37. Machine Intentionality, the Moral Status of Machines, and the Composition Problem.David Leech Anderson - 2012 - In Vincent C. Müller (ed.), Philosophy & Theory of Artificial Intelligence. Springer. pp. 312-333.
    According to the most popular theories of intentionality, a family of theories we will refer to as “functional intentionality,” a machine can have genuine intentional states so long as it has functionally characterizable mental states that are causally hooked up to the world in the right way. This paper considers a detailed description of a robot that seems to meet the conditions of functional intentionality, but which falls victim to what I call “the composition problem.” One obvious way to escape (...)
    Download  
     
    Export citation  
     
    Bookmark   3 citations  
  38. On the Functionalization of Pluralist Approaches to Truth.Cory Wright - 2005 - Synthese 145 (1):1-28.
    Traditional inflationary approaches that specify the nature of truth are attractive in certain ways; yet, while many of these theories successfully explain why propositions in certain domains of discourse are true, they fail to adequately specify the nature of truth because they run up against counterexamples when attempting to generalize across all domains. One popular consequence is skepticism about the efficaciousness of inflationary approaches altogether. Yet, by recognizing that the failure to explain the truth of disparate propositions often stems from (...)
    Download  
     
    Export citation  
     
    Bookmark   16 citations  
  39. Anaphoric Deflationism and Theories of Meaning.David Löwenstein - 2010 - In Theodora Achourioti, Edgar Andrade & Marc Staudacher (eds.), Proceedings of the Amsterdam Graduate Philosophy Conference. Meaning and Truth. Amsterdam, October 1-3, 2009. ILLC Publications. pp. 52-66.
    It is widely held that truth and reference play an indispensable explanatory role in theories of meaning. By contrast, so-called deflationists argue that the functions of these concepts are merely expressive and never explanatory. Robert Brandom has proposed both a variety of deflationism — the anaphoric theory —, and a theory of meaning — inferentialism — which doesn’t rely on truth or reference. He argues that the anaphoric theory counts against his (chiefly referentialist) rivals in the debate on meaning and (...)
    Download  
    Translate
     
     
    Export citation  
     
    Bookmark   2 citations  
  40. On Identity Statements: In Defense of a Sui Generis View.Tristan Haze - 2016 - Disputatio 8 (43):269-293.
    This paper is about the meaning and function of identity statements involving proper names. There are two prominent views on this topic, according to which identity statements ascribe a relation: the object-view, on which identity statements ascribe a relation borne by all objects to themselves, and the name-view, on which an identity statement 'a is b' says that the names 'a' and 'b' codesignate. The object- and name-views may seem to exhaust the field. I make a case for treating identity (...)
    Download  
     
    Export citation  
     
    Bookmark   4 citations  
  41. Exploring the Virtues of Zero Tolerance Arguments.Sheldon Wein - unknown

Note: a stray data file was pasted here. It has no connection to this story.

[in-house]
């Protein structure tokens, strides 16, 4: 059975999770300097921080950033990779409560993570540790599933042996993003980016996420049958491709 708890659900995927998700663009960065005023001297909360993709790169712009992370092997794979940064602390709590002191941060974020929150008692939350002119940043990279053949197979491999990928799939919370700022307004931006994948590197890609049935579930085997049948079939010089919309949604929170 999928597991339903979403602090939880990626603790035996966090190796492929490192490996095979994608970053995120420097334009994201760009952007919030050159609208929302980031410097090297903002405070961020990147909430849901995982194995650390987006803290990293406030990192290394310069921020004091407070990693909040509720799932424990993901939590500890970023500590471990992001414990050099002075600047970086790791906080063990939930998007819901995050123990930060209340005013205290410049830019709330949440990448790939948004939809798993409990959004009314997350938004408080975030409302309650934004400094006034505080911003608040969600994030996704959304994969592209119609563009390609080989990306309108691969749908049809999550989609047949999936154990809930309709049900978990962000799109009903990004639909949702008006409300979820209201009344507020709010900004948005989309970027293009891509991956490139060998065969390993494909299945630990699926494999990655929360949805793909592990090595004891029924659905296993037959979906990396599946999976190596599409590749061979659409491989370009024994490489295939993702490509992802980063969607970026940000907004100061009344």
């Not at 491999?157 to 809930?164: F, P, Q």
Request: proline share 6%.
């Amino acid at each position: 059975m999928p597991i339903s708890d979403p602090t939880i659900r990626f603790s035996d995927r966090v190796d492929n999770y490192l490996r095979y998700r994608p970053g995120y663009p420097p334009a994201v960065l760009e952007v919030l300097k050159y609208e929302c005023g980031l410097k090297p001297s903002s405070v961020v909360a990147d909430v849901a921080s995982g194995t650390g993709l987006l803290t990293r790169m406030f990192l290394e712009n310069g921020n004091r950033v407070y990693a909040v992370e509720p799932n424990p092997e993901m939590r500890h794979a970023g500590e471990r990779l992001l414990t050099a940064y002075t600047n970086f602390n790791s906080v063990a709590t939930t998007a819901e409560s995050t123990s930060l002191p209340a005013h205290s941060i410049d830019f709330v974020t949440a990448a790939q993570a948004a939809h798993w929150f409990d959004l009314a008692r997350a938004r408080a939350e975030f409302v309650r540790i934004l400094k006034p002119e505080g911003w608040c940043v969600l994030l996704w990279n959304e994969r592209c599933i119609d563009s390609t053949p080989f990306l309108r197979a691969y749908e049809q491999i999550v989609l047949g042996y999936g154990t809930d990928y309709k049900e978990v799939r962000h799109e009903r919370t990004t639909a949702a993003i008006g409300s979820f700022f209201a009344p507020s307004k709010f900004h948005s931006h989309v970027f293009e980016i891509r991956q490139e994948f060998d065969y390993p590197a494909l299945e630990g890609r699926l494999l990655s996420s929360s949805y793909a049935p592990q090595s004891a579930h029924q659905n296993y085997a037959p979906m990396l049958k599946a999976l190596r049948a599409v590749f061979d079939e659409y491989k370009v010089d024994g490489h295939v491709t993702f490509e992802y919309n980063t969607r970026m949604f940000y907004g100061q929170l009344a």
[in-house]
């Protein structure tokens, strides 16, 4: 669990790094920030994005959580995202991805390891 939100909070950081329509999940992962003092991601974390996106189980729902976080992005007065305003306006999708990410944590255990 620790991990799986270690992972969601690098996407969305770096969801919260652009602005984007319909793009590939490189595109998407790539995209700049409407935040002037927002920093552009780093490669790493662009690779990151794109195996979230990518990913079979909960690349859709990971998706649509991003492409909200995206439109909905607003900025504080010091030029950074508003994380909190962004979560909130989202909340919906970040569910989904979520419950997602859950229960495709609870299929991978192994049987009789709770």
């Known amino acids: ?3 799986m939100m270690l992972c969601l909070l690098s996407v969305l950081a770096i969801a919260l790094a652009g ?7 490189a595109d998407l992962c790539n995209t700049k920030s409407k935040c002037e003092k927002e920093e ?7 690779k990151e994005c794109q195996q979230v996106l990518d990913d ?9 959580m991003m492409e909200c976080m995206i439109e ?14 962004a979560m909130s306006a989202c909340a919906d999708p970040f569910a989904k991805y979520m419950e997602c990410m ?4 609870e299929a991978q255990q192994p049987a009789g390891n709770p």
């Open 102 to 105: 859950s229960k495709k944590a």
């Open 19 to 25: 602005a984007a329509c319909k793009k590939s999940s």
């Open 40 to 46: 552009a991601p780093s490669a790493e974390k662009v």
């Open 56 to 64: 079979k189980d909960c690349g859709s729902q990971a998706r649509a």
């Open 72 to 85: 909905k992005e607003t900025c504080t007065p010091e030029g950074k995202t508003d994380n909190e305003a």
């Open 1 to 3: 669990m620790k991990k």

The zero tolerance fallacy occurs when someone advocates or adopts a zero tolerance policy towards some activity or behaviour without seeing if there is evidence to support the view that such a policy is the best or most cost-effective way of preventing or reducing the unwanted behaviour. This paper explores the idea that, instead of thinking about what the zero tolerance fallacy is, argumentation theorists should try to characterize what features good arguments for zero tolerance policies must have.
    Download  
     
    Export citation  
     
    Bookmark   2 citations  
  42. Just War and the Indian Tradition: Arguments From the Battlefield.Shyam Ranganathan - 2019 - In Comparative Just War Theory: An Introduction to International Perspectives. Lanham, MD: Rowman & Littlefield. pp. 173-190.
    A famous Indian argument for jus ad bellum and jus in bello is presented in literary form in the Mahābhārata: it involves events and dynamics between moral conventionalists (who attempt to abide by ethical theories that give priority to the good) and moral parasites (who attempt to use moral convention as a weapon without any desire to conform to these expectations themselves). In this paper I follow the dialectic of this victimization of the conventionally moral by moral parasites to its (...)
    Download  
     
    Export citation  
     
    Bookmark  
  43. The Truth Assignments That Differentiate Human Reasoning From Mechanistic Reasoning: The Evidence-Based Argument for Lucas' Goedelian Thesis.Bhupinder Singh Anand - 2016 - Cognitive Systems Research 40:35-45.
    We consider the argument that Tarski's classic definitions permit an intelligence---whether human or mechanistic---to admit finitary evidence-based definitions of the satisfaction and truth of the atomic formulas of the first-order Peano Arithmetic PA over the domain N of the natural numbers in two, hitherto unsuspected and essentially different, ways: (1) in terms of classical algorithmic verifiabilty; and (2) in terms of finitary algorithmic computability. We then show that the two definitions correspond to two distinctly different assignments of satisfaction and truth (...)
    Download